dharma monkey

embrace the monkey

Torn, in an unhealthy way


There is a part of me that is thankful for the Tibetans in Lhasa, Kathmandu, Dharamsala, the remote areas of Tibet and the other parts of the world who are so willing to take a stand for basic human rights that they would risk their very lives for it.

For Tibetan Buddhists, there is nothing more precious than this human life that each of us has, for it is through this life that we can work to dedicate our every action to ending suffering for each and every sentient being.  As a Tibetan Buddhist, I recognize and share in this moral imperative to serve and save even the most minute self-aware form of life.

Imagine, then, the immense amount of compassion and loving-kindness that a person must have for the rest of her or her people and culture to make the ultimate sacrifice and put this life on the line to face down Communist China in an effort to preserve those few remaining shards of the most peaceful civilization to ever inhabit this planet.

To be thankful for the protesters in India and Tibet can not be a good thing.  And yet, I am a mere mortal, possibly eons away from Nirvana,  and to deny what I feel in the here and now would be just as bad as acknowledging those same human emotions.  All I can do at this point is raise my voice in prayer with tens of millions of others, remaining constantly hopeful that something will change, somewhere, in order to stop the Tibetan genocide.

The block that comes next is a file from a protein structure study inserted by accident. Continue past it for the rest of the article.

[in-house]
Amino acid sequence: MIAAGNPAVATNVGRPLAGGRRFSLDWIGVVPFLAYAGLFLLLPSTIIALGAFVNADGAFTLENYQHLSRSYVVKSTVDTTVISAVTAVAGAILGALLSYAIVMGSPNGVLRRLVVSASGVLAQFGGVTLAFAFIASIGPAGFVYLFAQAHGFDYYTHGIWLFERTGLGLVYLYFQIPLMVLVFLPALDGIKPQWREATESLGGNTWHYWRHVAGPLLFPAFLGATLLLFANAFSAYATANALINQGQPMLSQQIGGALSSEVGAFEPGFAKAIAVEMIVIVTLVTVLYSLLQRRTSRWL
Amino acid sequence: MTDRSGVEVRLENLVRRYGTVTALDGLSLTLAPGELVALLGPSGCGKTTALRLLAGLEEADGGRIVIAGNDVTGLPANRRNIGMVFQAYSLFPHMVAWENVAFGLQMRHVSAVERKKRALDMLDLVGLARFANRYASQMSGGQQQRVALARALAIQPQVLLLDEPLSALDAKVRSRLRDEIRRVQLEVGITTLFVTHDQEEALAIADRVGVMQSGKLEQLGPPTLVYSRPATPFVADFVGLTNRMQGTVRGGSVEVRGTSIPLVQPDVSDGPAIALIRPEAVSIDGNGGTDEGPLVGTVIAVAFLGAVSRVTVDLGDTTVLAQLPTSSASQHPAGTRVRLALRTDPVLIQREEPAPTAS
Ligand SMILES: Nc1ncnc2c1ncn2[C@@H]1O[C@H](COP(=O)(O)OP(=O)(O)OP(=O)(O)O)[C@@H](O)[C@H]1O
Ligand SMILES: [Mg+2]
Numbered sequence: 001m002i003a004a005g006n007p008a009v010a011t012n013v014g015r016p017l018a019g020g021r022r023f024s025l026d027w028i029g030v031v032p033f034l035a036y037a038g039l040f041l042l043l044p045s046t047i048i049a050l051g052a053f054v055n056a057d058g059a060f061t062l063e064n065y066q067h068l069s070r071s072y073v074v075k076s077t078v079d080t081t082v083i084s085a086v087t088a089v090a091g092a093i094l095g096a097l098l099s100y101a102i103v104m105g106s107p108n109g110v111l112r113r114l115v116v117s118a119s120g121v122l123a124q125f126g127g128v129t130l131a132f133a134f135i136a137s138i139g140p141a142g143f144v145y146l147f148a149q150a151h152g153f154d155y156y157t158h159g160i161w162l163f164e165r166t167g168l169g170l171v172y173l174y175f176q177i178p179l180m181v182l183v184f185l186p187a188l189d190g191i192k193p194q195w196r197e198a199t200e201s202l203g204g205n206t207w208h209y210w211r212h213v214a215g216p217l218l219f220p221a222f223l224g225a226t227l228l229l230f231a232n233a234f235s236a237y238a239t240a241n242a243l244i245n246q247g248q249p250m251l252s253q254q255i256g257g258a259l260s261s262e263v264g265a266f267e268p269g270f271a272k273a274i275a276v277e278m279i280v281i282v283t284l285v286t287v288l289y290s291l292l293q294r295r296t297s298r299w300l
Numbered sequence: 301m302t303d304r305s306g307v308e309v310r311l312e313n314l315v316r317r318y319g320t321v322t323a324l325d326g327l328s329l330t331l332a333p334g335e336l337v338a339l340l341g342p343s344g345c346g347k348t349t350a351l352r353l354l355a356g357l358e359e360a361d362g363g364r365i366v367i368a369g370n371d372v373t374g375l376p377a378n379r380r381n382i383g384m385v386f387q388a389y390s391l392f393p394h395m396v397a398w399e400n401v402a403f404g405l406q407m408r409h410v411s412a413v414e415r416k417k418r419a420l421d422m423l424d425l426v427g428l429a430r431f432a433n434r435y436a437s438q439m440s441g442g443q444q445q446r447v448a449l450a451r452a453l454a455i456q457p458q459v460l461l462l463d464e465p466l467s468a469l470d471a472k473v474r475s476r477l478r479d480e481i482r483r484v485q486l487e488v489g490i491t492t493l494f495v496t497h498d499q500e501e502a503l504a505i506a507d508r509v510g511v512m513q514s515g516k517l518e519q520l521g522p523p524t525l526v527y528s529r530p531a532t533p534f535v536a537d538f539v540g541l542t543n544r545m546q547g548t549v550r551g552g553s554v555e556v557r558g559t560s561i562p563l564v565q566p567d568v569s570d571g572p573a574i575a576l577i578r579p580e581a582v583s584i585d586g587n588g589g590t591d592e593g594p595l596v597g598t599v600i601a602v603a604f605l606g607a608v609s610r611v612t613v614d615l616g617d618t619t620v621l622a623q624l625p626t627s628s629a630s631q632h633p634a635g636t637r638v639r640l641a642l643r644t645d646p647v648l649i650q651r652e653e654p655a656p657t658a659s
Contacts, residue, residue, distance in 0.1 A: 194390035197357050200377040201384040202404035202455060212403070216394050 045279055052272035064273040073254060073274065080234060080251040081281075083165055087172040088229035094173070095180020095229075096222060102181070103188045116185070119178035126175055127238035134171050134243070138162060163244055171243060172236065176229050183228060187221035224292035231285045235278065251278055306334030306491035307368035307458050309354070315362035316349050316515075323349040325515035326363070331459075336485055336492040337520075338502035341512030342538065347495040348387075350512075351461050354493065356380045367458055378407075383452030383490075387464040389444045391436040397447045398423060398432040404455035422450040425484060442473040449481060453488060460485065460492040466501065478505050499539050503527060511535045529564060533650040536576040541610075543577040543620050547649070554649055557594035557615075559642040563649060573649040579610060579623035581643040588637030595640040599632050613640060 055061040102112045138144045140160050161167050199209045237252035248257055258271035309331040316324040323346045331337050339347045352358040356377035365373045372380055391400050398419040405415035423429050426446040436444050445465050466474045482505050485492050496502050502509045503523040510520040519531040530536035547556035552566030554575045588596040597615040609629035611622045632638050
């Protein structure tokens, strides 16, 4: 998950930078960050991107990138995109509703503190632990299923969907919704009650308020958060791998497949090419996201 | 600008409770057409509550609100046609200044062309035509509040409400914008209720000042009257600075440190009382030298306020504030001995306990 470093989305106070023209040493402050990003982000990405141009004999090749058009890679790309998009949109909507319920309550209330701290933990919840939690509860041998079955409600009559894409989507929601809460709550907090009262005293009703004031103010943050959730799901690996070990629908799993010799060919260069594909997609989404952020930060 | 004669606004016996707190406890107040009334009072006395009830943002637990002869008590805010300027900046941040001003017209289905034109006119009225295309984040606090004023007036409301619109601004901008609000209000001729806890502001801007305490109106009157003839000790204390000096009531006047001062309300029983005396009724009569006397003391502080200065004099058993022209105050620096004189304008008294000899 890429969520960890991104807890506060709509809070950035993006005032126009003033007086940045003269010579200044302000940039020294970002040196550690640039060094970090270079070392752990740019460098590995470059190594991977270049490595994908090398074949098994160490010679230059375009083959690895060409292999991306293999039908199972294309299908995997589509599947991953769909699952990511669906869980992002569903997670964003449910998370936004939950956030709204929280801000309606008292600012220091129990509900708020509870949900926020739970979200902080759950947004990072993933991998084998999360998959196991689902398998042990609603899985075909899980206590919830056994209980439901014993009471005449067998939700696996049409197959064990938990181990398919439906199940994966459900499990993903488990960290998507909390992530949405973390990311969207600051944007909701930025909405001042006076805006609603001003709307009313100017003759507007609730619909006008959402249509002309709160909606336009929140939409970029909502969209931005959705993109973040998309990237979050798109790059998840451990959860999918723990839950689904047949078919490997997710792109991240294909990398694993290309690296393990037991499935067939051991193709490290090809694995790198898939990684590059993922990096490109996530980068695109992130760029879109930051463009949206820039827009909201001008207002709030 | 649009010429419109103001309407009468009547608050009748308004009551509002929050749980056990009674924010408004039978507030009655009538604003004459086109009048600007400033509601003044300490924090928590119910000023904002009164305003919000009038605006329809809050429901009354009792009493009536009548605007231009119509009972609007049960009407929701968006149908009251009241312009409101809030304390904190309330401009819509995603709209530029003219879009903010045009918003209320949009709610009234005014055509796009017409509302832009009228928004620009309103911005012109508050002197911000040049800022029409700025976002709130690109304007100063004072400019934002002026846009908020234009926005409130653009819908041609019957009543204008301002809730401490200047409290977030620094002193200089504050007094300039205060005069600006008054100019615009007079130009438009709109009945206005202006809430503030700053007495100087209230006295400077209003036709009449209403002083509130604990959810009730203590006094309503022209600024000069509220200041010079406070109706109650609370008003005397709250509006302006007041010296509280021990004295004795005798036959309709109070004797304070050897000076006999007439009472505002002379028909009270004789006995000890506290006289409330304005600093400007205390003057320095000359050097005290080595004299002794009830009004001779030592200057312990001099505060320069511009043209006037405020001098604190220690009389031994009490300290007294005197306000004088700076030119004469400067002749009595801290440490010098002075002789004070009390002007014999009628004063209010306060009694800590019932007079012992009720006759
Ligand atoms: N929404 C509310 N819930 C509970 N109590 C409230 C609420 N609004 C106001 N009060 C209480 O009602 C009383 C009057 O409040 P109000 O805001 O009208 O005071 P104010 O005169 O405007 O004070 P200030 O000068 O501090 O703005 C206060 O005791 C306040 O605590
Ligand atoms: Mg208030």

Om mani padme hung.  I dedicate any merit that I have ever obtained to the end of suffering for all beings, especially those who have carried the weight of a lost Tibet on their shoulders for 50 years.

Author: Sean

I am Sean, a writer/PR guy originally from the Rural South who grew up and settled down in Washington, D.C. My interests include local politics, Eastern philosophy, languages and reality television.

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